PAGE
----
Monday, October 22, 2007

Raymond's Nut Brown Ale

My brother is becoming a brewster! He made some nut brown ale and was kind enough to pass along some of the yield. Here is the brew post-pour into frosty pint glasses (Angels lunchbag in background to mourn lack of Angels in WS):

Careful analysis of flavor profile:

Final analysis: a hoppy ale with a moderate amount of bitterness and no unpleasant notes or aftertastes. Remember people, I was trained in this sort of thing in my former life, and Raymond, I must say that you have a hit! Very excited to see/taste your future creations.


Sunday, October 14, 2007

Where My Stitches At?

I am finally a member! Ravelry is like Facebook for knitters - you can post pictures and details of your finished objects, works in progress, yarn stash and much more. I have not uploaded my info up yet - I think that might take some time, but I have surfed other's projects and patterns, and I found some great stuff. Including a limited edition T-shirt that reads, 'Where my stitches at?' If you are interested, you should sign up for the waiting list for an invitation - or wait because soon it will be open to the general public, and you will be able to join without invitation.

In other news - I finished my 2 weeks on Anesthesia, and I am happy to report that my IV starting skills have improved dramatically. I was getting them on the first try with no mess! Not hard - just takes practice. And on Monday, I start 4 weeks in the Medical Intenstive Care Unit (MICU). And Raul and I have received many interview invitations (some even in CA!) We are very excited and will keep you posted!

Monday, October 8, 2007

Human Pretzel

I became a human pretzel in my yoga class tonight. We did this:

It was kind of painful.

Life is getting better on the IV-starting front. I got one on Friday on my second try - an on a conscious patient no less! Unfortunately, I managed to get blood everywhere - all over the floor, the IV tubing, the supply bucket, my scrubs, the patient's hand. Embarrassing, but an improvement nonetheless! And progress enough to spare Raul the joy of being a human pin cushion. Lucky guy.

Thursday, October 4, 2007

On skin and general anesthesia

Thanks for all the kind words and well wishes for Myriam. She is doing much better - her pain is well controlled and she is off for a week of rehabilitation therapy at a fancy facility and then home! All is well.

A comment on my rotations - Last week I completed a two week rotation on dermatology. It is commonly referred to as "Derma-holiday" due to the short hours and supposed easy-ness of the rotation. Unfortunately, that was not my experience. Pain is watching some resident do skin exams over and over and over for 10 hours. I experienced the phenomenon of negative learning in which I turned my brain off, became a zombie and forgot things that I used to know. Fortunately for me, that experience is over, I passed the test for that rotation, and I never have to do it again. Yippee. Also, some of you members of the masses are a little nuts in the way you compulsively check your skin and come to the dermatologist demanding that every little mole and skin tag and pimple be evaluated and removed. Not that it's not good to keep tabs on your moles - just do it in moderation. And wear sunscreen.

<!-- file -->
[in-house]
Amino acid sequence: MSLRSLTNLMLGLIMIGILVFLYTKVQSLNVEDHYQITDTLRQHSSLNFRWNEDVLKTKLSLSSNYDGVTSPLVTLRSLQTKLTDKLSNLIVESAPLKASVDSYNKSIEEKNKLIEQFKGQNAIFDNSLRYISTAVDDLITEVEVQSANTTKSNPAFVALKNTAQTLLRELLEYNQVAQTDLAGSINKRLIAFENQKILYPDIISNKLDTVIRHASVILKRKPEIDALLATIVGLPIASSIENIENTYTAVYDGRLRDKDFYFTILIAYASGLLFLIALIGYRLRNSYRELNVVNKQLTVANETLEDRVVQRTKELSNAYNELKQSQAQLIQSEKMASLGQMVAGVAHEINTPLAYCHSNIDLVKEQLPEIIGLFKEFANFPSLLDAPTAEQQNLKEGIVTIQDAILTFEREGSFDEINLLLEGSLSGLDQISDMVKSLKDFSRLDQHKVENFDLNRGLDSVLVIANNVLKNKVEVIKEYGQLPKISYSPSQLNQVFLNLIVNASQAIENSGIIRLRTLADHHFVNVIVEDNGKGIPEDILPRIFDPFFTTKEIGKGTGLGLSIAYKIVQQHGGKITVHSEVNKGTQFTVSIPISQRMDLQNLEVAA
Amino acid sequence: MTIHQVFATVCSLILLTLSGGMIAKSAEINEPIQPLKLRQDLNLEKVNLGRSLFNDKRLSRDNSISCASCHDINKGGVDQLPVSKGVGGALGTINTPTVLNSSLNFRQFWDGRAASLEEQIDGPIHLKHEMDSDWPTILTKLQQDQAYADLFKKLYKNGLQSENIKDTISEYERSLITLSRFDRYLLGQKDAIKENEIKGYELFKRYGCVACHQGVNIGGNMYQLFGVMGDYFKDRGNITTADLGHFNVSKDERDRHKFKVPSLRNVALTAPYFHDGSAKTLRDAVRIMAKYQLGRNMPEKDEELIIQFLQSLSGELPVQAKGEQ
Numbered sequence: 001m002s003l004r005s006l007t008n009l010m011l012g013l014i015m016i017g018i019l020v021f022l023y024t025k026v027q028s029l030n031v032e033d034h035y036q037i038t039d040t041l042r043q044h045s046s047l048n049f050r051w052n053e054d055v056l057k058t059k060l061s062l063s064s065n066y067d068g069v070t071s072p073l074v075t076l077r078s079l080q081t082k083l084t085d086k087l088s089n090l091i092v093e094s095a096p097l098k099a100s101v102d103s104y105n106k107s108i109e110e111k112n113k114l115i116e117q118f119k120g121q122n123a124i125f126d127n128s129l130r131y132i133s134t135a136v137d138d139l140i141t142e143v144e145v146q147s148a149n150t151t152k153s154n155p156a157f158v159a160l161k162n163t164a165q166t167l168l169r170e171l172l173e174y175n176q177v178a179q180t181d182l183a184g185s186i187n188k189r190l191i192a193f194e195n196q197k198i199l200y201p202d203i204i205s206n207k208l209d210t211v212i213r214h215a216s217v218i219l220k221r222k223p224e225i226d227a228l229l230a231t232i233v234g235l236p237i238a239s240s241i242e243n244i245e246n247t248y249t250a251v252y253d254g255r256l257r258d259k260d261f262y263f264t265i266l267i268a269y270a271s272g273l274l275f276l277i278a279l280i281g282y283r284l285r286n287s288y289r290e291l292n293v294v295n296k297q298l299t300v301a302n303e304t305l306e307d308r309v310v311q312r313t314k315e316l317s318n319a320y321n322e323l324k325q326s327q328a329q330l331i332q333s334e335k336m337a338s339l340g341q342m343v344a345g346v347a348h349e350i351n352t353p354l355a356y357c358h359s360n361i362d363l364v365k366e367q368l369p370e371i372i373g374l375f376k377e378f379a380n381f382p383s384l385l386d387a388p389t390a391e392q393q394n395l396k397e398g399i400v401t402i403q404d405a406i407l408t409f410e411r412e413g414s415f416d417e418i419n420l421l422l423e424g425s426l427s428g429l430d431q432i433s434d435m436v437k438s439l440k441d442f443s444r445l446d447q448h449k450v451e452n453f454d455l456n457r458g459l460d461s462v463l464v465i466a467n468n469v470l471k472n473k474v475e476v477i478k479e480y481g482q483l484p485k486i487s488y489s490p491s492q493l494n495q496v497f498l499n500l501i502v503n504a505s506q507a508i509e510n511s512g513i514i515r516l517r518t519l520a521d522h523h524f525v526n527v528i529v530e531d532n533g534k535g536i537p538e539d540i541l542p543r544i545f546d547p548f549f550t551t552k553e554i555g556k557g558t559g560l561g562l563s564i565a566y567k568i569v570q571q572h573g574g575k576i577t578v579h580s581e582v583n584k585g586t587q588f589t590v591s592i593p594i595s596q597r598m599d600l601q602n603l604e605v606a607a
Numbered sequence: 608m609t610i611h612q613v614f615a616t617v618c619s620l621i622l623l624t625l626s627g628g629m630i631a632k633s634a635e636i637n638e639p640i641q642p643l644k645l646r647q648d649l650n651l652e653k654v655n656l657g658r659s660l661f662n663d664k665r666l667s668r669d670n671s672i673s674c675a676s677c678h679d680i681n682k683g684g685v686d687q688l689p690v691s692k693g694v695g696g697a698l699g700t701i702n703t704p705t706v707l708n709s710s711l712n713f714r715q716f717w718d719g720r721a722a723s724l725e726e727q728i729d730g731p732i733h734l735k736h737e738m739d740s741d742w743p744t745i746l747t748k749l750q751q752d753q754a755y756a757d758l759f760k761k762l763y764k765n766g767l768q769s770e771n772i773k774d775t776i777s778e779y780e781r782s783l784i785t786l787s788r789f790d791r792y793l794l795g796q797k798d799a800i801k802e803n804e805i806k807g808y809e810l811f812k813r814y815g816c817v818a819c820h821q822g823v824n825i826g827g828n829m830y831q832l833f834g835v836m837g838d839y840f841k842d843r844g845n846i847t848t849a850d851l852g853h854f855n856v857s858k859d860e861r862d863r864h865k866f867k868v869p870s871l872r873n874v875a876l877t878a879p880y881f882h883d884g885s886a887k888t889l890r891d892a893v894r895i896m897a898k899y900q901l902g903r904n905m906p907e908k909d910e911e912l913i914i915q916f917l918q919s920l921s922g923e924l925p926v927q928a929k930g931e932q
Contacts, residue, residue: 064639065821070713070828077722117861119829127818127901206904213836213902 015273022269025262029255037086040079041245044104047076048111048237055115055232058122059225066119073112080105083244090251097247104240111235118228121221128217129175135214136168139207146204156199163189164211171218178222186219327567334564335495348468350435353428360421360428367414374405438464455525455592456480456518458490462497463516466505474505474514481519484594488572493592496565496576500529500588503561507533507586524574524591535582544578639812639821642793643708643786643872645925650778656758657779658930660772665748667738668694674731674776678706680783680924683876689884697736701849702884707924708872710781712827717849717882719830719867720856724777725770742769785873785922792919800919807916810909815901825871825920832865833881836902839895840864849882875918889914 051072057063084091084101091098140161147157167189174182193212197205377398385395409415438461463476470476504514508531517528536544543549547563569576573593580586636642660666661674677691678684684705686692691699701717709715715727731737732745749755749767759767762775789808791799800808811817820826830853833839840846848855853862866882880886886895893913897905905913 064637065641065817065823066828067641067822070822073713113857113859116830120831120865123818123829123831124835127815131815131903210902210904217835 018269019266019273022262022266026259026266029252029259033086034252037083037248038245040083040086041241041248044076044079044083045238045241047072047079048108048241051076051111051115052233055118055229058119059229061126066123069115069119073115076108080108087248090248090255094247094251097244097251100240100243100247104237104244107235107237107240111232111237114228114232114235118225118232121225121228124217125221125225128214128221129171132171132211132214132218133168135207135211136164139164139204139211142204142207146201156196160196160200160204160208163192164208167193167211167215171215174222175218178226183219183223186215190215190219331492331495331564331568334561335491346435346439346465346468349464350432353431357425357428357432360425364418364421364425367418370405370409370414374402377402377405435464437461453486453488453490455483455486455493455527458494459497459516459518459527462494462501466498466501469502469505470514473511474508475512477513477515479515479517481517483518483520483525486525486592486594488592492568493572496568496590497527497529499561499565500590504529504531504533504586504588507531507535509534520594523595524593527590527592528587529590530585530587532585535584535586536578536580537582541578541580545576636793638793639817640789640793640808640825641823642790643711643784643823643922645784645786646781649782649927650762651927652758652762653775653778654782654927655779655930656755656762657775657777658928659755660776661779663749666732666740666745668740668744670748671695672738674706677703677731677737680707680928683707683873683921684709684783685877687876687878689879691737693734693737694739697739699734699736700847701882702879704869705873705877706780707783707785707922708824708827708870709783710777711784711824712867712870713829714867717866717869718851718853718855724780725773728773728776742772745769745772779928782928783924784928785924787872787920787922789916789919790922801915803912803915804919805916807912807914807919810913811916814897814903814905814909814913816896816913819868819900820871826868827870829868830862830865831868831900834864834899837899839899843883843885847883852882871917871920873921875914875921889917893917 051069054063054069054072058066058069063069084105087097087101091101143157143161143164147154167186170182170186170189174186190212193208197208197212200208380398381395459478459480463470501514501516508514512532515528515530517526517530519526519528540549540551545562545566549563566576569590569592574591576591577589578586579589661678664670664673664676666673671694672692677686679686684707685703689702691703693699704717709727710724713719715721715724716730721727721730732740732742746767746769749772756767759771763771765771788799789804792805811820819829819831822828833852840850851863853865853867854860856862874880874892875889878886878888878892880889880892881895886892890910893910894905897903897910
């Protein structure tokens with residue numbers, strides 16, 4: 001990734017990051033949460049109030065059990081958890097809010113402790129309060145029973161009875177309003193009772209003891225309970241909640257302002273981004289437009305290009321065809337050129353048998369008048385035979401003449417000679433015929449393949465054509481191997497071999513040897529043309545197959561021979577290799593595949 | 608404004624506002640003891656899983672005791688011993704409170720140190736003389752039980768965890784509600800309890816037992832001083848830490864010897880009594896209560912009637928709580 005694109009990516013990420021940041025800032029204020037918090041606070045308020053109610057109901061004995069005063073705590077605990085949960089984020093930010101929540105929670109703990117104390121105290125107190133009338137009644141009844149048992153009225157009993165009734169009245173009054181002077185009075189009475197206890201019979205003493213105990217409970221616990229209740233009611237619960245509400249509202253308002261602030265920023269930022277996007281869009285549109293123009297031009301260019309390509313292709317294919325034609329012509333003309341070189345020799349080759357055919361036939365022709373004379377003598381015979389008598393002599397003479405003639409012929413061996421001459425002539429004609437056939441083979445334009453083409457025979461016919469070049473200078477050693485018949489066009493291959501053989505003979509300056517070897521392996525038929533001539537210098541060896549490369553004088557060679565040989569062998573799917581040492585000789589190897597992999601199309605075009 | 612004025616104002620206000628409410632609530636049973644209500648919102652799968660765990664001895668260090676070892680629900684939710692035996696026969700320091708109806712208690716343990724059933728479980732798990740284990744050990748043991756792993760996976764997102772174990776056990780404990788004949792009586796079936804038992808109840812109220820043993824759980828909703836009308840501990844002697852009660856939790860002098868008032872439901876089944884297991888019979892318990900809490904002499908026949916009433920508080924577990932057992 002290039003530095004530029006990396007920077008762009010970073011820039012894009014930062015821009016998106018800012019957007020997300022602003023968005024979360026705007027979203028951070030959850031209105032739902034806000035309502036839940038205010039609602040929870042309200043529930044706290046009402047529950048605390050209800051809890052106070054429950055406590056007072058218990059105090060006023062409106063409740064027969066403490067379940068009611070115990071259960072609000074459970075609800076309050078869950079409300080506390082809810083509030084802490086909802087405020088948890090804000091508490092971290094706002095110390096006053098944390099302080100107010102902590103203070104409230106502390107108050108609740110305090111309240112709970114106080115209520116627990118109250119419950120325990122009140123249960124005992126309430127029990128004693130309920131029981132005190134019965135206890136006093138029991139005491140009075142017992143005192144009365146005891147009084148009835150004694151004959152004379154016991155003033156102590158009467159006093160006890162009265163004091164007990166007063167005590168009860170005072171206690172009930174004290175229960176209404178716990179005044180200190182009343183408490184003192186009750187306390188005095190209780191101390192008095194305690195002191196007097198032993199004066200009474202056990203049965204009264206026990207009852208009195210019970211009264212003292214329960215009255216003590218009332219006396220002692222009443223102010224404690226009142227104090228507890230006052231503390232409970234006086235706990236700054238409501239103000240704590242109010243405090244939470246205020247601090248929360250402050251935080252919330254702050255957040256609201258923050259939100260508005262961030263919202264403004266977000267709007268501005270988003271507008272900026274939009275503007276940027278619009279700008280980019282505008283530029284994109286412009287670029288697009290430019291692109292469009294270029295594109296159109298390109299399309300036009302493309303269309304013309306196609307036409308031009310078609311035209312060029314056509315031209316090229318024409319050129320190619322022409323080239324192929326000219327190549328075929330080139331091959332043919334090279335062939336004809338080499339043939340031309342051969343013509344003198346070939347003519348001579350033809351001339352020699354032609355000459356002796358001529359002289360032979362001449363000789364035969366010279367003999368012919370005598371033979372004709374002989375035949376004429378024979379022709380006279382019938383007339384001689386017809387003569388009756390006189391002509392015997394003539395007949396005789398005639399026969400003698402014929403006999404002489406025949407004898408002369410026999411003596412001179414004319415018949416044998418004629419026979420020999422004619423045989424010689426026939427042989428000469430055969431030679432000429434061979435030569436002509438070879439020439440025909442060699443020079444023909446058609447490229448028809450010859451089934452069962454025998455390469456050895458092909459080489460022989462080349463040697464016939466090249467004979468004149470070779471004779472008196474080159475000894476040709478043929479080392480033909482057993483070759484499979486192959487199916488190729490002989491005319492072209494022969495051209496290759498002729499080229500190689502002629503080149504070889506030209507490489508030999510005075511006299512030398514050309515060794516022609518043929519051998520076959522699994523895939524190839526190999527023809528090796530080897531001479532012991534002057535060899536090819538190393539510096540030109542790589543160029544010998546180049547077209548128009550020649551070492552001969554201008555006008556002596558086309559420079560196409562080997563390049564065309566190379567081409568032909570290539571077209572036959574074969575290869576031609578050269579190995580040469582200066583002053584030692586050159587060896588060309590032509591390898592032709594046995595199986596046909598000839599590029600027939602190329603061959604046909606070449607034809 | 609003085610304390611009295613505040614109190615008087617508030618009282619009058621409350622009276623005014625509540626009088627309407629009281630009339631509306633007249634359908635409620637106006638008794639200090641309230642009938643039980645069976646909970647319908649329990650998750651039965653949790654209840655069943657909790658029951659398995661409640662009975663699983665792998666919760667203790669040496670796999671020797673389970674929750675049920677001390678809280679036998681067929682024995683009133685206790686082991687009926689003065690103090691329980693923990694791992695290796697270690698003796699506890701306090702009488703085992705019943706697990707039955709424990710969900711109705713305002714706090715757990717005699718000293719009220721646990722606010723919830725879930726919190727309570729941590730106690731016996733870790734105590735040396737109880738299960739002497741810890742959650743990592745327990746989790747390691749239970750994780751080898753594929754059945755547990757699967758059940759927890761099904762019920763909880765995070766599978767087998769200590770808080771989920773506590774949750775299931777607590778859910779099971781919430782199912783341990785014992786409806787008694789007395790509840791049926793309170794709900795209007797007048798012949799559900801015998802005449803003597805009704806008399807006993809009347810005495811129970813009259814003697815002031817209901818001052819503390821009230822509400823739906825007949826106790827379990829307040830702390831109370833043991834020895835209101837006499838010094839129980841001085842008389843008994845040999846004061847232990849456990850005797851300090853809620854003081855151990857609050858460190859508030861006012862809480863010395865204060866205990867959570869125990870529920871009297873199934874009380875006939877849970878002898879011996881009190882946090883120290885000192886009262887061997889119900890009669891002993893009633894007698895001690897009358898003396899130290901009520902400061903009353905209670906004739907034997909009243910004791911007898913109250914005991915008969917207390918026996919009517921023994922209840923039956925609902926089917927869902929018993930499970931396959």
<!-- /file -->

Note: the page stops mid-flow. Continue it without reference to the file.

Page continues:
Now I am on anesthesia. I have had to do loads of scary things that make me instantaneously break out in cold sweats. One for instance is starting IVs - the last time I attempted to start an IV was the very first week of my M3 year on a classmate - she cried. It was traumatic. Today, I tried to start an IV on a patient (thankfully under general anesthesia) five times. The last two were successful. My resident let me take home many an IV catheter and all IV starting supplies and my beloved husband has volunteered to be my human pin cushion when he returns home. That's love people. I also intubated someone the other day. Here is what I did - you take the laryngoscope (the L-shaped device) in your left hand and insert the blade into the mouth and pull the tongue and everything anteriorly as so:

Then you are able to visualize the larynx - see the vocal cords:

The intubation tube is then placed down between the vocal cords and into the lungs.

It actually takes quite a bit of muscle to visualize someone's cords. Especially if they have chubby cheeks, a short neck and a big tongue.

Tuesday, October 2, 2007

Think Happy Thoughts

Raul's mom, Myriam, fell and broke her leg last night and is having surgery today. I just dropped Raul off at the airport, and he will be with her to help out for the next week and a half. If you have the time, please send happy thoughts their way!
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